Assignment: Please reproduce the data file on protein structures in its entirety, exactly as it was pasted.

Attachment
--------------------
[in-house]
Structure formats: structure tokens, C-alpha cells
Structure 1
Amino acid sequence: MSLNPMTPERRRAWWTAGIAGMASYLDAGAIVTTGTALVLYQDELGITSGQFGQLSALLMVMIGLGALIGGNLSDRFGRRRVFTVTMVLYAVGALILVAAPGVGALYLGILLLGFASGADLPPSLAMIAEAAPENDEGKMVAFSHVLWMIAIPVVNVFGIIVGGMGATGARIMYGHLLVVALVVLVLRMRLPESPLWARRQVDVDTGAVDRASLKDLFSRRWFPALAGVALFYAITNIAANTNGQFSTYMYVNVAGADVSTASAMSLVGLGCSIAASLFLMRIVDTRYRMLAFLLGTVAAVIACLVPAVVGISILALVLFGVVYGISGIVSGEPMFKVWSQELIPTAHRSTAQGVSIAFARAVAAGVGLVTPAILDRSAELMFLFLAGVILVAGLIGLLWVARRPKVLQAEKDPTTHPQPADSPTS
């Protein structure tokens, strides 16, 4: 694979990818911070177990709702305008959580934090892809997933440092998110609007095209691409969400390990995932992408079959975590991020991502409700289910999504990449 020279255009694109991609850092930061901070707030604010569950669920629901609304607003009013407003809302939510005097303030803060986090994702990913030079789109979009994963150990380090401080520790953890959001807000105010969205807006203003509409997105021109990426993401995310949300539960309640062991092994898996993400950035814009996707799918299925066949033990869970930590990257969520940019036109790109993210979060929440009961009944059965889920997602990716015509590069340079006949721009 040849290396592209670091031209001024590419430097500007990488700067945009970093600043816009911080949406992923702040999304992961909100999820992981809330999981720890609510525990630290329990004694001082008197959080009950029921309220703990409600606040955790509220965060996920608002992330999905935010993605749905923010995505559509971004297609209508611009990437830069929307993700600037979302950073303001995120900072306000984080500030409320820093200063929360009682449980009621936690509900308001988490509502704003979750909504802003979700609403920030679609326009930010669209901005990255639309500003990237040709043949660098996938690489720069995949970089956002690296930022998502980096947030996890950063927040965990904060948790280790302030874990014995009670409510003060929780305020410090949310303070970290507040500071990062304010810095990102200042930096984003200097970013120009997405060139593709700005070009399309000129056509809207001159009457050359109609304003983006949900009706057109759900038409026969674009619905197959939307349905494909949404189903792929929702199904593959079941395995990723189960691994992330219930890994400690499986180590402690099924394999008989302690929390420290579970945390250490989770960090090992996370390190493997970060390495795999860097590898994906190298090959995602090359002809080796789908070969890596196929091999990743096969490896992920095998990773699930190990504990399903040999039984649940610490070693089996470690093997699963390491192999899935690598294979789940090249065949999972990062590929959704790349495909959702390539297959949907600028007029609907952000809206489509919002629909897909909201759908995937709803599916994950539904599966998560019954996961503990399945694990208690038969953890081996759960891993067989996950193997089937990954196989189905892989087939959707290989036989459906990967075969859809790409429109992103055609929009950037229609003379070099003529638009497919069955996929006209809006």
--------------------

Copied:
[in-house]
Structure formats: structure tokens, C-alpha cells
Structure 1
Amino acid sequence: MSLNPMTPERRRAWWTAGIAGMASYLDAGAIVTTGTALVLYQDELGITSGQFGQLSALLMVMIGLGALIGGNLSDRFGRRRVFTVTMVLYAVGALILVAAPGVGALYLGILLLGFASGADLPPSLAMIAEAAPENDEGKMVAFSHVLWMIAIPVVNVFGIIVGGMGATGARIMYGHLLVVALVVLVLRMRLPESPLWARRQVDVDTGAVDRASLKDLFSRRWFPALAGVALFYAITNIAANTNGQFSTYMYVNVAGADVSTASAMSLVGLGCSIAASLFLMRIVDTRYRMLAFLLGTVAAVIACLVPAVVGISILALVLFGVVYGISGIVSGEPMFKVWSQELIPTAHRSTAQGVSIAFARAVAAGVGLVTPAILDRSAELMFLFLAGVILVAGLIGLLWVARRPKVLQAEKDPTTHPQPADSPTS
């Protein structure tokens, strides 16, 4: 694979990818911070177990709702305008959580934090892809997933440092998110609007095209691409969400390990995932992408079959975590991020991502409700289910999504990449 020279255009694109991609850092930061901070707030604010569950669920629901609304607003009013407003809302939510005097303030803060986090994702990913030079789109979009994963150990380090401080520790953890959001807000105010969205807006203003509409997105021109990426993401995310949300539960309640062991092994898996993400950035814009996707799918299925066949033990869970930590990257969520940019036109790109993210979060929440009961009944059965889920997602990716015509590069340079006949721009 040849290396592209670091031209001024590419430097500007990488700067945009970093600043816009911080949406992923702040999304992961909100999820992981809330999981720890609510525990630290329990004694001082008197959080009950029921309220703990409600606040955790509220965060996920608002992330999905935010993605749905923010995505559509971004297609209508611009990437830069929307993700600037979302950073303001995120900072306000984080500030409320820093200063929360009682449980009621936690509900308001988490509502704003979750909504802003979700609403920030679609326009930010669209901005990255639309500003990237040709043949660098996938690489720069995949970089956002690296930022998502980096947030996890950063927040965990904060948790280790302030874990014995009670409510003060929780305020410090949310303070970290507040500071990062304010810095990102200042930096984003200097970013120009997405060139593709700005070009399309000129056509809207001159009457050359109609304003983006949900009706057109759900038409026969674009619905197959939307349905494909949404189903792929929702199904593959079941395995990723189960691994992330219930890994400690499986180590402690099924394999008989302690929390420290579970945390250490989770960090090992996370390190493997970060390495795999860097590898994906190298090959995602090359002809080796789908070969890596196929091999990743096969490896992920095998990773699930190990504990399903040999039984649940610490070693089996470690093997699963390491192999899935690598294979789940090249065949999972990062590929959704790349495909959702390539297959949907600028007029609907952000809206489509919002629909897909909201759908995937709803599916994950539904599966998560019954996961503990399945694990208690038969953890081996759960891993067989996950193997089937990954196989189905892989087939959707290989036989459906990967075969859809790409429109992103055609929009950037229609003379070099003529638009497919069955996929006209809006």